If the cause of the fistula is found to be inflammatory bowel disease then sometimes medication can be given which will heal the gut and maybe the fistula. It is likely you will have to remain on these drugs for some time to control the underlying disease which may in turn keep the fistula closed.

Sometimes no definite cause can be found for the fistula and the patient may not be suitable for surgical repair. In these cases the patient will have to manage the fistula. This can prove to be very challenging, as it is likely the patient will need to wear a stoma bag over the fistula along with dealing with the daily problems a fistula can bring. As a fistula is quite often recessed into the skin ( unlike a stoma which has a ‘spout’), managing the bag can be tricky as leaks are often frequent but there are ways around this and your stoma nurses will be a valuable resource. I personally have found a wound bag to be most effective, it’s not pretty but it does the job, most of the time anyway.

A fistula is essentially a tube which our brilliant bodies make to keep us alive. Unfortunately Infections in this tube and surrounding areas are common and may require periodic treatment with antibiotics and /or pain killers.

Fistulae are described as a surgical catastrophe. They are most certainly a very difficult complication which can be extremely challenging for the medical profession to deal with. But the main challenges will have to be met by the patient – in my case, I have found it to be like changing. To go in for an operation in reasonable health and come out with a fistula is devastating. I had had a stoma bag for some 33 years previous to this and had managed it well, working full time and leading a normal life. I never even needed a stoma nurse. This however was so different and way more difficult and three years later it continues to be a big factor it my life. It’s not that stable and causes frequent sudden ill health meaning I cannot really have anything like the life I used to have. This is my new normal and I ( or I should say ‘we’ as it affects your nearest and dearest too ) are still learning to accept.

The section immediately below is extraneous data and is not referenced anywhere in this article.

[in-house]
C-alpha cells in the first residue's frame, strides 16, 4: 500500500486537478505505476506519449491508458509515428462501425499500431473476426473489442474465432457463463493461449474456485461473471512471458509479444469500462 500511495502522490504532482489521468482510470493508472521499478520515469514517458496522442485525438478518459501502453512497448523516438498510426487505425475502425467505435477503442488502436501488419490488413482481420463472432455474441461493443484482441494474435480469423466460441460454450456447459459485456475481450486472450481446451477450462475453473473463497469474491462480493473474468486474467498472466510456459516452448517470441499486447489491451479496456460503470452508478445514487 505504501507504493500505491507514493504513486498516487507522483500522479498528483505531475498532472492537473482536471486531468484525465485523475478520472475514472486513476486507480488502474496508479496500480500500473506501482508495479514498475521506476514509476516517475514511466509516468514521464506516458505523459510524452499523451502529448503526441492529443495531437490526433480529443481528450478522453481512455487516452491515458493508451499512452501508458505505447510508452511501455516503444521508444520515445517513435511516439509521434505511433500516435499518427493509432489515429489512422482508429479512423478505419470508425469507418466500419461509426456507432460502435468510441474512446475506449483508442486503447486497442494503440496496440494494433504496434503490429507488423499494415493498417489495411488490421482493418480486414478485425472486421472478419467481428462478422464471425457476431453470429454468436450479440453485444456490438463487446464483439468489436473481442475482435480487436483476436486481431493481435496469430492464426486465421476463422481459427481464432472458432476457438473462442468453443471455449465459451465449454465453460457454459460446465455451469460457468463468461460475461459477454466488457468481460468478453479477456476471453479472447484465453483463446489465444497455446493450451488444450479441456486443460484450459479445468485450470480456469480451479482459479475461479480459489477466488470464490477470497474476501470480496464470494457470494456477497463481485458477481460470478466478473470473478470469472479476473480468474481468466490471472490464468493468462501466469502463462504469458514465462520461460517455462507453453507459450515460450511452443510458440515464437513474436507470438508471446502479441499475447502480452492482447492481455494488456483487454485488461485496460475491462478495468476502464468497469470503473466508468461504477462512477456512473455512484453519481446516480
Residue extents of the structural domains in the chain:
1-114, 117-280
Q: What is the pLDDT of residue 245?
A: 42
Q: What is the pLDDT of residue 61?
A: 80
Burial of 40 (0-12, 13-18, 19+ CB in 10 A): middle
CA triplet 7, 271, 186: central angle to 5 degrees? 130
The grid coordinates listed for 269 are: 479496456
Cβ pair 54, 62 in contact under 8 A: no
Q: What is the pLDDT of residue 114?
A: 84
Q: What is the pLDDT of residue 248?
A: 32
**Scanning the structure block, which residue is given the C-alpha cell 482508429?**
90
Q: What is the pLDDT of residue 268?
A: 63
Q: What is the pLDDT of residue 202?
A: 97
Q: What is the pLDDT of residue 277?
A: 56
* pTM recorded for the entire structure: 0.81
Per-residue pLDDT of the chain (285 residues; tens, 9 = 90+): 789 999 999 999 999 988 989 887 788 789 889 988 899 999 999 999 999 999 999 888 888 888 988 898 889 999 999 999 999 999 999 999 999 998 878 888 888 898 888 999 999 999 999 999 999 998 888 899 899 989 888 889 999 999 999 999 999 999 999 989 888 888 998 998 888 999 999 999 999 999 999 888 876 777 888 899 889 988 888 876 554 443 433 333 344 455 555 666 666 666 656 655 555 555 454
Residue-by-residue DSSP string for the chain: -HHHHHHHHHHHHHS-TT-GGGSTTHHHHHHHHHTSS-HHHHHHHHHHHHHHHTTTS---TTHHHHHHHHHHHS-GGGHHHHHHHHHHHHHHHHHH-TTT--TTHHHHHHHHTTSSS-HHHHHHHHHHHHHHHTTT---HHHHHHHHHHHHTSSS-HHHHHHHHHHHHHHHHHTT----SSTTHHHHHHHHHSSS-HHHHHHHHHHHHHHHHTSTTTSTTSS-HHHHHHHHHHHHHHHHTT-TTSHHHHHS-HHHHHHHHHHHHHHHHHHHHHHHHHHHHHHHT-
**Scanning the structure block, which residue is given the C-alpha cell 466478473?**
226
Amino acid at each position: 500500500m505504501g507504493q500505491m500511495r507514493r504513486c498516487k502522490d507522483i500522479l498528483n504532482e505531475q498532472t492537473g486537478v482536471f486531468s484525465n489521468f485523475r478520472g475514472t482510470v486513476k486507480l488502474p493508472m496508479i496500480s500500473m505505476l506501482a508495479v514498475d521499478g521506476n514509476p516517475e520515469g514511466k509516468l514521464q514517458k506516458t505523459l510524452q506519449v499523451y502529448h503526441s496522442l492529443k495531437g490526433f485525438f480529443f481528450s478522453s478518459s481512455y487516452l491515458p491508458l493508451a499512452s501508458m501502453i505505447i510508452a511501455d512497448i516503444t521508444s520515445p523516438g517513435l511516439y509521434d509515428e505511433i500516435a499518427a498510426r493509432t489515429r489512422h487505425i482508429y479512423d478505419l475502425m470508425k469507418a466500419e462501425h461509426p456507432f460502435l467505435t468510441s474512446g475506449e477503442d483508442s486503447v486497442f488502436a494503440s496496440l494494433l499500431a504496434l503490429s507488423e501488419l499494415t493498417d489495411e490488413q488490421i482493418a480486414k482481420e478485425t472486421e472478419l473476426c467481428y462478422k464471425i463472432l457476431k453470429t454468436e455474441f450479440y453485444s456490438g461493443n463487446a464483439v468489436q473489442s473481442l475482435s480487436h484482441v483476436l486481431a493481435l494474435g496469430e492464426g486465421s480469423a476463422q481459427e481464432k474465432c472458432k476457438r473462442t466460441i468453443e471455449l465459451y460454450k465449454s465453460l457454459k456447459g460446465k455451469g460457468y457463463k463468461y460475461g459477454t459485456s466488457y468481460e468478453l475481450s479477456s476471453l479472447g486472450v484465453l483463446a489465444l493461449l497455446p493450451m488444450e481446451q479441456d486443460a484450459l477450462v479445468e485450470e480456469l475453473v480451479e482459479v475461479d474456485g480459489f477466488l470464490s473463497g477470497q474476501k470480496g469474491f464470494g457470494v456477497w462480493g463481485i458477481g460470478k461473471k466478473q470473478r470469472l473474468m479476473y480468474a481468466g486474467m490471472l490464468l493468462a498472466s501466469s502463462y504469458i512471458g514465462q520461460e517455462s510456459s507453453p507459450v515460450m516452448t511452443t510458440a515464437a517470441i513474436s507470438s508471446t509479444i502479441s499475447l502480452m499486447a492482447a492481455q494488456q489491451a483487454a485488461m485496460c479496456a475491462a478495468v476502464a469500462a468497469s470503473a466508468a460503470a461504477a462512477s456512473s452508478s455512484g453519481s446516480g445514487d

But we carry on and enjoy the good days. I am actually very lucky compared to some fistula patients but I am obviously very sad it happened and struggle with the ongoing consequences.

Hope this has given you some insight into what an Enterocutaneous Fistula actually is.

Fistula 1 – Me a big fat zero

So following on from my fairly good week up a mountain, things came tumbling down, just like Jill who went up the hill to get some water.

I finished my last blog by saying I was experiencing a worrying amount of pain. I didn’t go the doctors as believe me there is no point unless –

I’ve got a temperature / chills or

A really worrying obvious symptom

As I’ve learnt that when you have a fistula, providing you are vertical, breathing and conscious you are actually ‘doing fine’ and no one wants to know as there is nothing they can do.

Anyway, Sunday started good and we decided to go out for the day. We live in a beautiful part of the world and I love the sea which is close by. However my husband being the man he is, cant go local as that’s boring, he wanted to go miles away. I agreed as it’s easier. Half way there I feel unwell, call in a shop to go to the loo and blood! Quite a lot of it in my fistula bag. My pulse is normal, I don’t have a temperature but this looks alarming. My husband is none too impressed at my news and insists I’m fine. That word again, fine. How I hate that word.

We go to the hospital and Mr. Angry ( My husband ) huffs and puffs at the prospect of spending hours here. I was seen fairly quickly by a triage doctor who said I needed to have further tests and I’d done the right thing. I was then called into see s more senior doctor who listened to my story and shook his head in disbelief, he apologised that this had happened as he stared at my stomach in disbelief. He was really lovely and said he respected me as I had been through more that most and yet still could smile. Mr. Angry remained quiet for once. The doctor organised X-rays, and a cannula was out into my arm, this unnerved me slightly as I really didn’t want to be kept in. I was sent back to the waiting area and ate a Milky Way. This is how ridiculous my situation is, I can have really worrying symptoms yet not actually feel ill …….but maybe that’s to come.